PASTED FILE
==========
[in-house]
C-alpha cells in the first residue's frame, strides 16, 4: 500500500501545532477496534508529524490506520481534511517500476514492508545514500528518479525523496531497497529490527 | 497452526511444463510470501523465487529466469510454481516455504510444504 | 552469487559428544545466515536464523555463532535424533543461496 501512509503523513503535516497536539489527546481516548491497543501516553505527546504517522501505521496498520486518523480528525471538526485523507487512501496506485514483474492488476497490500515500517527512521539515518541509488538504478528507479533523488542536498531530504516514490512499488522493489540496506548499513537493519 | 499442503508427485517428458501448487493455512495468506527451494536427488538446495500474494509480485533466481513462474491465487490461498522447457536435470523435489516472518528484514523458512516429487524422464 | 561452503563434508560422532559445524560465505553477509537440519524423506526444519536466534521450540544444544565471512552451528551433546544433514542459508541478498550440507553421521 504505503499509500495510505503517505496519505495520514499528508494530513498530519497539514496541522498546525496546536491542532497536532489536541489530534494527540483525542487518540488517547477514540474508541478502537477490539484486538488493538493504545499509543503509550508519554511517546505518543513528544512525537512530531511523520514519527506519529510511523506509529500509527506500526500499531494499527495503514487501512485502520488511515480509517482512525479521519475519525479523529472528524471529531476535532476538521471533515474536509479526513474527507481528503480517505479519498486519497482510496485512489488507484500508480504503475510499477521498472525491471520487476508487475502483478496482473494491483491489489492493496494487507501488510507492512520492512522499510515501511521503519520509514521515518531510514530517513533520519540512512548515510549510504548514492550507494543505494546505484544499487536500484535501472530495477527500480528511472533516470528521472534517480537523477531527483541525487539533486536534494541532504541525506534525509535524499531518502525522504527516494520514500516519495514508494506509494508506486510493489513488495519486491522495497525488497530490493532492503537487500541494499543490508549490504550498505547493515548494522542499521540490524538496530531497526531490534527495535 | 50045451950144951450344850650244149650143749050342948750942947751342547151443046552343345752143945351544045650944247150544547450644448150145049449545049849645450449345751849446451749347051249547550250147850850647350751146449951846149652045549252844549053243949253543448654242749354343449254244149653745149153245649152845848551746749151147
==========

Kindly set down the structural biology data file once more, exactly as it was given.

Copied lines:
[in-house]
C-alpha cells in the first residue's frame, strides 16, 4: 500500500501545532477496534508529524490506520481534511517500476514492508545514500528518479525523496531497497529490527 | 497452526511444463510470501523465487529466469510454481516455504510444504 | 552469487559428544545466515536464523555463532535424533543461496 501512509503523513503535516497536539489527546481516548491497543501516553505527546504517522501505521496498520486518523480528525471538526485523507487512501496506485514483474492488476497490500515500517527512521539515518541509488538504478528507479533523488542536498531530504516514490512499488522493489540496506548499513537493519 | 499442503508427485517428458501448487493455512495468506527451494536427488538446495500474494509480485533466481513462474491465487490461498522447457536435470523435489516472518528484514523458512516429487524422464 | 561452503563434508560422532559445524560465505553477509537440519524423506526444519536466534521450540544444544565471512552451528551433546544433514542459508541478498550440507553421521 504505503499509500495510505503517505496519505495520514499528508494530513498530519497539514496541522498546525496546536491542532497536532489536541489530534494527540483525542487518540488517547477514540474508541478502537477490539484486538488493538493504545499509543503509550508519554511517546505518543513528544512525537512530531511523520514519527506519529510511523506509529500509527506500526500499531494499527495503514487501512485502520488511515480509517482512525479521519475519525479523529472528524471529531476535532476538521471533515474536509479526513474527507481528503480517505479519498486519497482510496485512489488507484500508480504503475510499477521498472525491471520487476508487475502483478496482473494491483491489489492493496494487507501488510507492512520492512522499510515501511521503519520509514521515518531510514530517513533520519540512512548515510549510504548514492550507494543505494546505484544499487536500484535501472530495477527500480528511472533516470528521472534517480537523477531527483541525487539533486536534494541532504541525506534525509535524499531518502525522504527516494520514500516519495514508494506509494508506486510493489513488495519486491522495497525488497530490493532492503537487500541494499543490508549490504550498505547493515548494522542499521540490524538496530531497526531490534527495535 | 50045451950144951450344850650244149650143749050342948750942947751342547151443046552343345752143945351544045650944247150544547450644448150145049449545049849645450449345751849446451749347051249547550250147850850647350751146449951846149652045549252844549053243949253543448654242749354343449254244149653745149153245649152845848551746749151147